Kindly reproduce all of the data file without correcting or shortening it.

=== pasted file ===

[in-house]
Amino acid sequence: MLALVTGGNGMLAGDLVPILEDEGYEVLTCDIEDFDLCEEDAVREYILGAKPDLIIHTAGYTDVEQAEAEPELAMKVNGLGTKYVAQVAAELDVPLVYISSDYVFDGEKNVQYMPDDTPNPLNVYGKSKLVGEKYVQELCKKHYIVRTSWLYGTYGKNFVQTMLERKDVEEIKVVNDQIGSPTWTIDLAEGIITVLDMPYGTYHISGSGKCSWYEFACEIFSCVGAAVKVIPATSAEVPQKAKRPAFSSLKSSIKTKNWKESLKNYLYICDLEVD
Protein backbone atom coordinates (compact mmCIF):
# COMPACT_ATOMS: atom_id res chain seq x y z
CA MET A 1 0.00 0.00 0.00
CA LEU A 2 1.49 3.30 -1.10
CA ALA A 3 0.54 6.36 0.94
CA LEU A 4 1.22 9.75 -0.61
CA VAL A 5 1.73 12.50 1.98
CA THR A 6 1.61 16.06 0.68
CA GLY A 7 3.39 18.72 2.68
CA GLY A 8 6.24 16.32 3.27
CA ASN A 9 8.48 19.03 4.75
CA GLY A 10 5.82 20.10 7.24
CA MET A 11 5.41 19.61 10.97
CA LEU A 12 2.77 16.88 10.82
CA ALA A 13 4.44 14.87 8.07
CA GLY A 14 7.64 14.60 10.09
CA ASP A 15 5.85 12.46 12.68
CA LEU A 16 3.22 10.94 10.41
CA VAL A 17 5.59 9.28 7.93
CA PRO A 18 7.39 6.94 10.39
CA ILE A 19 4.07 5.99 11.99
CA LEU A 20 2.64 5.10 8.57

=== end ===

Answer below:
[in-house]
Amino acid sequence: MLALVTGGNGMLAGDLVPILEDEGYEVLTCDIEDFDLCEEDAVREYILGAKPDLIIHTAGYTDVEQAEAEPELAMKVNGLGTKYVAQVAAELDVPLVYISSDYVFDGEKNVQYMPDDTPNPLNVYGKSKLVGEKYVQELCKKHYIVRTSWLYGTYGKNFVQTMLERKDVEEIKVVNDQIGSPTWTIDLAEGIITVLDMPYGTYHISGSGKCSWYEFACEIFSCVGAAVKVIPATSAEVPQKAKRPAFSSLKSSIKTKNWKESLKNYLYICDLEVD
Protein backbone atom coordinates (compact mmCIF):
# COMPACT_ATOMS: atom_id res chain seq x y z
CA MET A 1 0.00 0.00 0.00
CA LEU A 2 1.49 3.30 -1.10
CA ALA A 3 0.54 6.36 0.94
CA LEU A 4 1.22 9.75 -0.61
CA VAL A 5 1.73 12.50 1.98
CA THR A 6 1.61 16.06 0.68
CA GLY A 7 3.39 18.72 2.68
CA GLY A 8 6.24 16.32 3.27
CA ASN A 9 8.48 19.03 4.75
CA GLY A 10 5.82 20.10 7.24
CA MET A 11 5.41 19.61 10.97
CA LEU A 12 2.77 16.88 10.82
CA ALA A 13 4.44 14.87 8.07
CA GLY A 14 7.64 14.60 10.09
CA ASP A 15 5.85 12.46 12.68
CA LEU A 16 3.22 10.94 10.41
CA VAL A 17 5.59 9.28 7.93
CA PRO A 18 7.39 6.94 10.39
CA ILE A 19 4.07 5.99 11.99
CA LEU A 20 2.64 5.10 8.57